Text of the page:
Music Video Review: J. Cole's “Crooked Smile” ft. TLC is Eerie
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It's not just about the music in this video; it's about the message.
The music video for J. Cole’s song “Crooked Smile” (off of the album Born Sinner) is a short film directed by Sheldon Candis. The video made a splash in 2013 when it was released, as it commemorates Aiyana Stanley-Jones, a 7-year-old girl who was shot and killed in a raid by police in 2010. The narrative is sad and heavy, packing a powerful message of truth and injustice. It follows the parallel story of two men, “anywhere in America” as the video states, and also shows that this story can and does unravel all over the country. Of these two men, one is a black man that is presumably a drug dealer, and the other a white man who works for the DEA.
These two men lead lives that really aren’t so different, as the video portrays them both getting ready at the same time, both have a little girl in their lives that they really love, and both make a living one way or another to support themselves and their families. A theme of innocence and youth is blended into the video, with the white man making faces with his daughter during breakfast and the black family enjoying sparklers and even a scene at the end with the two young girls at school laughing and drawing together (yes, they are friends ironically). The theme of innocence is darkly contrasted with the very mature and somber motif of social injustice in America and its consequences.
When the video reaches its tragic conclusion, a chilling aspect rings in as the song “Crooked Smile” stops and is replaced by an eerie, slow, slightly distorted version of the “Star Spangled Banner.” There’s also a message at the very end that reads, “For Aiyana Stanley-Jones . . . And please reconsider your war on drugs – a message from J. Cole.” This social commentary speaks to the War on Drugs ruining people’s lives and unfairly targeting black people. This is part of the social injustice rooted in the foundations of this country, which is demonstrated by the use of the national anthem.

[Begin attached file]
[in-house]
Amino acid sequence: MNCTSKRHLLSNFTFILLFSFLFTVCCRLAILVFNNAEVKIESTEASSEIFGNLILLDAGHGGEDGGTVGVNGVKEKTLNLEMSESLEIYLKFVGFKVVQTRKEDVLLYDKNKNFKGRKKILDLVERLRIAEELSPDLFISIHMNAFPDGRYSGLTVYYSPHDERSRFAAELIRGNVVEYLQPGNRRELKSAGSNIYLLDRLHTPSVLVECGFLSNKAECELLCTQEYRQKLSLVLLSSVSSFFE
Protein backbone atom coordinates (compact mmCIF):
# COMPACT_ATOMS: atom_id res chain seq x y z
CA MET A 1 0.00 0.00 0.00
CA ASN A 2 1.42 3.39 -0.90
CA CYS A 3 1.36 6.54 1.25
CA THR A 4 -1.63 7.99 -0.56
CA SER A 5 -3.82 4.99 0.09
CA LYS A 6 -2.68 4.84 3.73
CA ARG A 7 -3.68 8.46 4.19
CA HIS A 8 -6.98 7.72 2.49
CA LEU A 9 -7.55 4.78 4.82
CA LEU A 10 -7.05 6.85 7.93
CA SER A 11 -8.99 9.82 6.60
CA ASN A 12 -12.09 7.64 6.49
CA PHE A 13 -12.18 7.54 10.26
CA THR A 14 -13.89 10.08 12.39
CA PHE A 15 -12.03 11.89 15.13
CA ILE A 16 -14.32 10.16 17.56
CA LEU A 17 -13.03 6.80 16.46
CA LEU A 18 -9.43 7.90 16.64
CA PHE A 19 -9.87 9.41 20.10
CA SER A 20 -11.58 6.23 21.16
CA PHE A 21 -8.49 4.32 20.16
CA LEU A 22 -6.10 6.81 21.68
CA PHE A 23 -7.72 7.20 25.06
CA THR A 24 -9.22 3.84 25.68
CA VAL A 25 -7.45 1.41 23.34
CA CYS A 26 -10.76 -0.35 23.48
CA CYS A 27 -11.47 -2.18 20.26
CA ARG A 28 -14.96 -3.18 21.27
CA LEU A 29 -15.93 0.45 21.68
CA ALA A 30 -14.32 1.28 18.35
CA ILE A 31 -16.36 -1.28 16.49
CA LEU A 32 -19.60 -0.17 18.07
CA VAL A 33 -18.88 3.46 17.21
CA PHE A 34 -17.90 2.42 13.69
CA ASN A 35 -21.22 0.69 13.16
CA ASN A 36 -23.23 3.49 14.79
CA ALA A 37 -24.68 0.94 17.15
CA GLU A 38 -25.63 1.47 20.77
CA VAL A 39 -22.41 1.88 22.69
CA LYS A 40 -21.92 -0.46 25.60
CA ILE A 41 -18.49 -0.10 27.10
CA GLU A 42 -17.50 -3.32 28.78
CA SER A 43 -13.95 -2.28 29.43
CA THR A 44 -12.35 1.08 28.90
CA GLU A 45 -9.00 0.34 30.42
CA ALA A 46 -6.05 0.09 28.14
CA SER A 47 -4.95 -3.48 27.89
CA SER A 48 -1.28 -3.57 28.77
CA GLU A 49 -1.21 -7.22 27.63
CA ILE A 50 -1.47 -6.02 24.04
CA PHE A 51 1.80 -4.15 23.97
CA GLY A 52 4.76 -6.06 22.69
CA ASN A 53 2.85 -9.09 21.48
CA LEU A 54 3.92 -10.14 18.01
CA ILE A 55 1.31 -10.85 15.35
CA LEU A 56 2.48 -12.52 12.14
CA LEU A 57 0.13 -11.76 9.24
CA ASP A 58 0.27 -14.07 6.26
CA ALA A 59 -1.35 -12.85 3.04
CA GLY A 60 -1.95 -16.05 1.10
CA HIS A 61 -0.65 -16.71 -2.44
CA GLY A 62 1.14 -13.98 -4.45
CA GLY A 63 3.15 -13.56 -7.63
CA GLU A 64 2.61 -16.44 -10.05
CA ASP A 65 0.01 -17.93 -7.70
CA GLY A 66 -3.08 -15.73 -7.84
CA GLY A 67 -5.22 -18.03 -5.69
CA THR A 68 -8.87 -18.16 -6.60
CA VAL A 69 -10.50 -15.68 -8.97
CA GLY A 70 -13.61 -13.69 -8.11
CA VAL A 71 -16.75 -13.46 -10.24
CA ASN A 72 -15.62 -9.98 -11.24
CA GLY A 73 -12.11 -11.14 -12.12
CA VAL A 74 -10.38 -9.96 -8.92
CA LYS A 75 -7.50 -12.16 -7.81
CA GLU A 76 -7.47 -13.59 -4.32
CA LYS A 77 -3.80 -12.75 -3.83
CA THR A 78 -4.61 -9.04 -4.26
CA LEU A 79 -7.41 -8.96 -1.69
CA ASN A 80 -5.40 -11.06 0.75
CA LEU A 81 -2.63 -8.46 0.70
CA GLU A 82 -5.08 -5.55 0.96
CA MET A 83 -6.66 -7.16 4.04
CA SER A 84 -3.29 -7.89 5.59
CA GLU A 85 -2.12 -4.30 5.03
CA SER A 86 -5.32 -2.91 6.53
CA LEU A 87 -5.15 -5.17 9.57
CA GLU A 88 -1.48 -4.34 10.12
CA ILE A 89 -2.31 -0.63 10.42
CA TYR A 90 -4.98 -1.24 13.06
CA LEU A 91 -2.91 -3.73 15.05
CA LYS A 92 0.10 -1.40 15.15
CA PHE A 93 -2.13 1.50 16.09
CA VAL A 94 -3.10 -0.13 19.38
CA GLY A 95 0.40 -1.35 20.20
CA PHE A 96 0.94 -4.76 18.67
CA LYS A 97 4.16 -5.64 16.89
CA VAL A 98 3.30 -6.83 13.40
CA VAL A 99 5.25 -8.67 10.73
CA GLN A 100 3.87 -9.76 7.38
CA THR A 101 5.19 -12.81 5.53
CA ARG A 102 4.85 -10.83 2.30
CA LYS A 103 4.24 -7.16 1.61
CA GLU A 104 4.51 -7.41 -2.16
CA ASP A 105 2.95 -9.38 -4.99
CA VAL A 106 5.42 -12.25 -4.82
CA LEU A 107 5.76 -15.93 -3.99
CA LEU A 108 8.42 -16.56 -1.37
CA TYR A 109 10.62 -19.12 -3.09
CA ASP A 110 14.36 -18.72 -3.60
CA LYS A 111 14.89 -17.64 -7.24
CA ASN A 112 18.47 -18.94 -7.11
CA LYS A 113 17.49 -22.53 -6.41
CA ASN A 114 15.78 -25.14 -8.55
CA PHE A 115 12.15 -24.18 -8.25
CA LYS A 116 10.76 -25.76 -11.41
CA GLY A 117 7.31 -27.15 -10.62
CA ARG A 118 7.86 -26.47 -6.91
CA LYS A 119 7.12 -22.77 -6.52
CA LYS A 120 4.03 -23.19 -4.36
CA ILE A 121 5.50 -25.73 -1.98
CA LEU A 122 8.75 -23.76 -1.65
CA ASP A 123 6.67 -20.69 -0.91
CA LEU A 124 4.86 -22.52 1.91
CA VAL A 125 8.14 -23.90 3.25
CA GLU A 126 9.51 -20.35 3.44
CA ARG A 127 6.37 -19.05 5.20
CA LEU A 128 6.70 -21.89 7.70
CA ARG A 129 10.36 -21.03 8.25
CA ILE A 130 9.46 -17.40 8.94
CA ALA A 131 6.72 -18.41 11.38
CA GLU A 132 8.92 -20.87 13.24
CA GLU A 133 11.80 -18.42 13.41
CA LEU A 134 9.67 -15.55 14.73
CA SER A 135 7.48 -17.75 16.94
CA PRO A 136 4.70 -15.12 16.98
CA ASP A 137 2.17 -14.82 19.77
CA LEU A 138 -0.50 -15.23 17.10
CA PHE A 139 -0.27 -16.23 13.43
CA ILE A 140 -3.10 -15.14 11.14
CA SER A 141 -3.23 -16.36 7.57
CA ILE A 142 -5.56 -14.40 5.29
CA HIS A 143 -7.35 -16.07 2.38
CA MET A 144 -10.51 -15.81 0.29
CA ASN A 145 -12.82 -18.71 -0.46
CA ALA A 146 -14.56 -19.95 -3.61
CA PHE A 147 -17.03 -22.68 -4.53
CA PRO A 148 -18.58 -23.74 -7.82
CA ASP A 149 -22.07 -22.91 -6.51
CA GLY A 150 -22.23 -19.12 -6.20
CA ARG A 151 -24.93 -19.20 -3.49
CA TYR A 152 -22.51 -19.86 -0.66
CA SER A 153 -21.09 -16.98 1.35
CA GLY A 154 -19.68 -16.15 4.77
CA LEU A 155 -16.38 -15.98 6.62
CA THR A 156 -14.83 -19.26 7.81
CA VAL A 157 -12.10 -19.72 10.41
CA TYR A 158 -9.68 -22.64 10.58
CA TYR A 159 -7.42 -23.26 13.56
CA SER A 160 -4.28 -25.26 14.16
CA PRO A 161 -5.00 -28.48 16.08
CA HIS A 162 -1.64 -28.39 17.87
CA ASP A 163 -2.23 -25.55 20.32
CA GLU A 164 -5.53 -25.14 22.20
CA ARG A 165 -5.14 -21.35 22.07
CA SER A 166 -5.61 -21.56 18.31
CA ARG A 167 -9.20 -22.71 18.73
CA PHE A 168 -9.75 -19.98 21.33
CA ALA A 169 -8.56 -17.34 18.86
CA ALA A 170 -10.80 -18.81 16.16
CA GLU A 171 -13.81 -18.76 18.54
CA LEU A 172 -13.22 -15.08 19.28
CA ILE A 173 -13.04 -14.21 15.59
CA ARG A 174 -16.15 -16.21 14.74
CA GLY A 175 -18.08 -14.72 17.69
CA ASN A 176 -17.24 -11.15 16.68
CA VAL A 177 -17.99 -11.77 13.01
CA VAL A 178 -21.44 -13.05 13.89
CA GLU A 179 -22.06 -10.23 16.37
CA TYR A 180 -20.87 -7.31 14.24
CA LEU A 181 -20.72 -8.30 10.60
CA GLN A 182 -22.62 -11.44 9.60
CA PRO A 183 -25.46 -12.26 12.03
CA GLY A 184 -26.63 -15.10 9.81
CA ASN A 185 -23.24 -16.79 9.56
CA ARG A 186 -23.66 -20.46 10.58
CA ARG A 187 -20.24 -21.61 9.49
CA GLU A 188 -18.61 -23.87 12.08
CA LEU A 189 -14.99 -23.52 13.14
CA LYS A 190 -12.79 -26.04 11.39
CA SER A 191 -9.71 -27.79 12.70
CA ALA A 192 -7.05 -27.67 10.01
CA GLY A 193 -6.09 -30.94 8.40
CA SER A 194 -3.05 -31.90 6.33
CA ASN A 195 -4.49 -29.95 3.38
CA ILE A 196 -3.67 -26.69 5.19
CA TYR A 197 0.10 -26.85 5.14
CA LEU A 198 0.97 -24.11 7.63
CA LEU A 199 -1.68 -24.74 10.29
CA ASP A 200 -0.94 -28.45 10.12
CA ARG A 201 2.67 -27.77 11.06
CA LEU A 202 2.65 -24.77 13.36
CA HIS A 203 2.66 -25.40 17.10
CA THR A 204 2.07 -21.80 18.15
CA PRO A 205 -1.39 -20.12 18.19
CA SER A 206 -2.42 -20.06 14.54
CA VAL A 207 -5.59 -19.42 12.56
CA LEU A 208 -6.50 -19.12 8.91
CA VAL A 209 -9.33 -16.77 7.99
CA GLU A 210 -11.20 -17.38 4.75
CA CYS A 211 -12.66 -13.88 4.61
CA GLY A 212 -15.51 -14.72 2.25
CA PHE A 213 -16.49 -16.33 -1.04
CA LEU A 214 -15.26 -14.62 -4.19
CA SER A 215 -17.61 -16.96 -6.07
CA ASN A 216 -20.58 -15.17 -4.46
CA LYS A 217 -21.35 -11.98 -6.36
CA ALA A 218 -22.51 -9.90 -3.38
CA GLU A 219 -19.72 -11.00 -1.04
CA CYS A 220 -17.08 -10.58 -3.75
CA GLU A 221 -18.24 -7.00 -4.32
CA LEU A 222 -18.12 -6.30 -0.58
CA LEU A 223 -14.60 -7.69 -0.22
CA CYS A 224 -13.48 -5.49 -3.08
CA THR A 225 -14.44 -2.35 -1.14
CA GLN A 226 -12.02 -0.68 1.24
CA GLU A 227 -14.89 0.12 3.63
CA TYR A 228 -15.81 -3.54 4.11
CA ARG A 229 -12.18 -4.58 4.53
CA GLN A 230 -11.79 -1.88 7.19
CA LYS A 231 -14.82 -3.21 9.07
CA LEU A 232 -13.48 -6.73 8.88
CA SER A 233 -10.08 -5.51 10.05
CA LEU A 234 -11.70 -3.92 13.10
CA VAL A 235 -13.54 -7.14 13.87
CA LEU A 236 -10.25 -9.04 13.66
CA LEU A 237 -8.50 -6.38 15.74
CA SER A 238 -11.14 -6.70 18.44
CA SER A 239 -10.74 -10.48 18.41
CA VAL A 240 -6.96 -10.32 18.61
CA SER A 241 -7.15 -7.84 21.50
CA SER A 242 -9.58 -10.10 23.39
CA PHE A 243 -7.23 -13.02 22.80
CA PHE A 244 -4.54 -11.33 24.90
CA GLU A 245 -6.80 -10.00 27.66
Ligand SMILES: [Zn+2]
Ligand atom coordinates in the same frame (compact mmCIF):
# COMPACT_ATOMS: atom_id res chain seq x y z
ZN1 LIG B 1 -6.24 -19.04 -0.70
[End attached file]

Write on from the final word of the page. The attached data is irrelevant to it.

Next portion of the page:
The song “Crooked Smile” is a little secondary to what is going on in the film. It becomes background music to other sounds in the story, immersing the viewer into the world of the video. The song is about the imperfections people have, aesthetic features that seem important in society but really do not matter in the larger scheme of things, especially with the deep social issues we have in our society. The song speaks on racial injustice, saying “half the [black] race is either on probation or in jail.” The video itself uses good storytelling—it tells us all we need to know about the characters from interactions and their movements. The message is the real takeaway though, even though there is an intricacy in the little details. While I think the cinematography is pretty good, the most memorable aspect is how the video really moves the viewer and their emotions.